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Blaise Ingoglia wins re-election as chair of Florida GOP

Incumbent Republican Party of Florida chair Blaise Ingoglia swept to victory Saturday morning at the annual elections with a 152 to 76 vote over challenger Christian Ziegler.

Ingoglia, in a speech touting his virtues, called attention to his own free-market and grassroots leanings, saying there was really only one way to win – through having feet on the ground and getting out and doing the work.

“It’s sitting at home and saying goodbye to your wife and your children, driving to the panhandle and speaking at a dinner, then driving to Jacksonville and speaking at another dinner, and then driving all the way home,” he said, “only to have a chairman call you at 3 a.m. to see if you’re still awake.”

Ingoglia called attention to the victory of President-elect Donald Trump and sweeping victories for the party in Florida as examples of why the Republicans were strong right now.

Now, he said, the challenge will be keeping that position on top and staying there, to create a “dynasty” for the party.

“Staying in power is the hard part,” he said. “We can build a dynasty that lasts for generations. If we work together, nothing will stop us from building a Republican Party of Florida dynasty and winning elections.”

Florida Democrats tab wealthy developer Stephen Bittel to lead party

Despite challenges from leading, longtime Democrat activists from Tampa, Miami, Jacksonville and Kissimmee, wealthy South Florida developer and party fundraiser Stephen Bittel was elected chairman Saturday of the Florida Democratic Party.

Bittel won on the first ballot, winning 55 percent of the weighted votes against Alan Clendenin, Dwight Bullard, Lisa King and Leah Carius, quickly ending weeks of wheelings and dealings, charges and counter charges. There remains a lawsuit in Miami-Dade challenging Bittel’s candidacy qualification.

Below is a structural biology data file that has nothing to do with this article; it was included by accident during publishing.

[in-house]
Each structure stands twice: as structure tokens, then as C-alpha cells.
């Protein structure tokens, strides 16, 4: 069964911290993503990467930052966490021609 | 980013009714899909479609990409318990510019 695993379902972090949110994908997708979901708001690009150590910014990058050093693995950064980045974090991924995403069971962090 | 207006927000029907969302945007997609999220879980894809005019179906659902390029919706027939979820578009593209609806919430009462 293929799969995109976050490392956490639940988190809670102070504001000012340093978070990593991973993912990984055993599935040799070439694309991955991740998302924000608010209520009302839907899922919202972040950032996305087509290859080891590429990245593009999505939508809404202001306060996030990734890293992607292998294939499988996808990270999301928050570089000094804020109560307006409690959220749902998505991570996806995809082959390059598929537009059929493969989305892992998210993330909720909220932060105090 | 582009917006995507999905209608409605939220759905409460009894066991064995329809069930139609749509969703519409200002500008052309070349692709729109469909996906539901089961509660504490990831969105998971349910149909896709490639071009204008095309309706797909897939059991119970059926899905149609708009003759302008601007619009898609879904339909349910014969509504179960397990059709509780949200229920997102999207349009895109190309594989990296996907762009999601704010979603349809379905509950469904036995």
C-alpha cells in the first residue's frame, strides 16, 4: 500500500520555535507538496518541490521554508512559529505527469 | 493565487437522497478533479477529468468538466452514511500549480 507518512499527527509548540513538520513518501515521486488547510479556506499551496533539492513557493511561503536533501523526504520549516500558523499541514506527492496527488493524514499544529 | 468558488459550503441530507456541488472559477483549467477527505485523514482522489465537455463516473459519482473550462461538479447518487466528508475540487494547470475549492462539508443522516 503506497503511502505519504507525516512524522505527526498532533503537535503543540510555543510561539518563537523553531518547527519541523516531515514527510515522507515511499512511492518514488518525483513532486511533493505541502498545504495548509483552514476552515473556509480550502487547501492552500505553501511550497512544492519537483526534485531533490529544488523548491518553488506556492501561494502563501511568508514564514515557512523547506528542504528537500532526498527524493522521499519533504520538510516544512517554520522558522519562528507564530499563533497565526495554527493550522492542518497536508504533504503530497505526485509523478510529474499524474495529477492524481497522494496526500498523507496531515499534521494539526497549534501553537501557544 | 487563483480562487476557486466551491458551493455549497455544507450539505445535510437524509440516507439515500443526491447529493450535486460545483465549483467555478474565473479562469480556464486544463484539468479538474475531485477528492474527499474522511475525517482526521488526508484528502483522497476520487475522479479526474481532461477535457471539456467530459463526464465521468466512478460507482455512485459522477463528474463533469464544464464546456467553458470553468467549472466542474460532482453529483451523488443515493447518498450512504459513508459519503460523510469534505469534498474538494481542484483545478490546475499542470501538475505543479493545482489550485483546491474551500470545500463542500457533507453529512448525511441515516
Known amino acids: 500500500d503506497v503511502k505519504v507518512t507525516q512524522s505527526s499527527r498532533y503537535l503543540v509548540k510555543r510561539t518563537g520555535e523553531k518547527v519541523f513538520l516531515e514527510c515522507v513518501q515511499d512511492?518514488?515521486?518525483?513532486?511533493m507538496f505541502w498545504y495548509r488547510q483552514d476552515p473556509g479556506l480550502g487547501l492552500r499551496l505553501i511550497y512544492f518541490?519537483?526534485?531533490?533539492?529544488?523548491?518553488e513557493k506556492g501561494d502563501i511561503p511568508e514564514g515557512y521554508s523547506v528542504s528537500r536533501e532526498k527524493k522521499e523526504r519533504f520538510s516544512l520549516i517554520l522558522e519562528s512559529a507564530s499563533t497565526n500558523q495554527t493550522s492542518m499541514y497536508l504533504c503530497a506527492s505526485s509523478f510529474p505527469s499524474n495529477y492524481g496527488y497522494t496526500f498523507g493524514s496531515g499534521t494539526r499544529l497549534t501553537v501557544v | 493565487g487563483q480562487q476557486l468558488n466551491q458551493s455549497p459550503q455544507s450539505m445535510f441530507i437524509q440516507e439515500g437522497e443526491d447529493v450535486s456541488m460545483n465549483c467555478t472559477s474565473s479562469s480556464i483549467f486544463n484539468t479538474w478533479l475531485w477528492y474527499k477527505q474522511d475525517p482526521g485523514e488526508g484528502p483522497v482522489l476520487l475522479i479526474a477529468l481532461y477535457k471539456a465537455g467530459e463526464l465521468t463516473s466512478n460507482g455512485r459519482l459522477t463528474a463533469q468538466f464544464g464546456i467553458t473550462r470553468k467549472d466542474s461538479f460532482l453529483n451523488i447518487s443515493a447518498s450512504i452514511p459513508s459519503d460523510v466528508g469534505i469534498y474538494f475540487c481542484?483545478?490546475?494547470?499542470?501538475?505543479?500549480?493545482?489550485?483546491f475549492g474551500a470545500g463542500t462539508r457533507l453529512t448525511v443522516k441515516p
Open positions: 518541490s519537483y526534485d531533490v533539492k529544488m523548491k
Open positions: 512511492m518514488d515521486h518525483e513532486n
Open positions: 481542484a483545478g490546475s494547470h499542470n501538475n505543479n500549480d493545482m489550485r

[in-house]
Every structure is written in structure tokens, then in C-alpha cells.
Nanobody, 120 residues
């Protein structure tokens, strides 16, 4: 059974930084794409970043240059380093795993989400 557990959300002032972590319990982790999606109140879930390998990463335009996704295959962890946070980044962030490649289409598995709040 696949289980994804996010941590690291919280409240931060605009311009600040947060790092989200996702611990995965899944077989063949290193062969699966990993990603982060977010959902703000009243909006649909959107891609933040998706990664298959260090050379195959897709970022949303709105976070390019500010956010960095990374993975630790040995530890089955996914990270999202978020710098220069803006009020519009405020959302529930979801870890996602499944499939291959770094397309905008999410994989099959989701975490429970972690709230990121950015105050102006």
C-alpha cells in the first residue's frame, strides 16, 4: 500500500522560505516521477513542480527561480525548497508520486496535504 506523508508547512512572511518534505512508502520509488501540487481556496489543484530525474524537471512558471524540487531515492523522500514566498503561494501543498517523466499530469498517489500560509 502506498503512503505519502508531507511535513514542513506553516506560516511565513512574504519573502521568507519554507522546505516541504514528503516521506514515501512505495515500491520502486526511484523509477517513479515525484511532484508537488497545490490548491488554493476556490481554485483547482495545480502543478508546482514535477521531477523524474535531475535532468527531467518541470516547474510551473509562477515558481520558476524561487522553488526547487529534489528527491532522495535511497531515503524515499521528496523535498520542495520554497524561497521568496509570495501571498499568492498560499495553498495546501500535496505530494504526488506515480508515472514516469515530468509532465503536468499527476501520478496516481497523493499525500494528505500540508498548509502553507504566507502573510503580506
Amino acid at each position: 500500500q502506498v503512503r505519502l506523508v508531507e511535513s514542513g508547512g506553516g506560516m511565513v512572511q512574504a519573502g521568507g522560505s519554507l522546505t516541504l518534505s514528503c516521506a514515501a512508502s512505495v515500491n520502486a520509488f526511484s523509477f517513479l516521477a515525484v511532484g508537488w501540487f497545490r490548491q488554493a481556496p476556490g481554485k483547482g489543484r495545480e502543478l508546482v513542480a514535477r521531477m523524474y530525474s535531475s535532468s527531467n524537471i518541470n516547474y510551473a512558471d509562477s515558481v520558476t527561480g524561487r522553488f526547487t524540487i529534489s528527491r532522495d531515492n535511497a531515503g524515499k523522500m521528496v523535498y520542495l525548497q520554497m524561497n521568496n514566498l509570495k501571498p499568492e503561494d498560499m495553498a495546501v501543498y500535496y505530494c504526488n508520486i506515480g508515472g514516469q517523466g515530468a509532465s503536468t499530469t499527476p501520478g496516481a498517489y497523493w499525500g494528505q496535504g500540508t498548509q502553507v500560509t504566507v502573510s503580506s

Bittel, who runs several companies in South Florida and has been reported to have a net worth more than $1 billion, took 614 weighted votes on the first ballot. Clendenin finished second with 230 and Bullard third with 115.

King lost again moments later in the race for the party’s first vice chair, to FDP Treasurer Judy Mount.

Alan Clendenin wins appeal to seek Democrats’ state chair

Longtime Florida Democratic leader Alan Clendenin is back in the running for the party’s state chairmanship after winning an overwhelming vote to reject a committee’s ruling from Friday night that had disqualified him.

Clendenin’s candidacy for the state chair was restored after he made a “you know me” speech Saturday morning to the Florida Democratic Party executive committee, to toss the Friday ruling by the party’s Judicial Council, which had ruled him ineligible.

“What happened yesterday had very little to do with the facts and more to do with agenda,” Clendenin said in unsuccessfully arguing his case before the executive committee. “I’ve spent 42 years working hard for the Democratic Party.”

The executive committee also upheld a ruling by that council to keep Miami-Dade developer Stephen Bittel o the ballot.

Bittel still must face Lisa King of Duval County, Leah Carius of Osceola County and Dwight Bullard of Gadsden County.

Party Vice Chairman Clendenin was disqualified by the Democrats’ Judicial Council Friday night from running for the statewide chair’s position. On Saturday morning he sought, unsuccessfully to stay alive in the chair’s race with an appeal to the executive committee.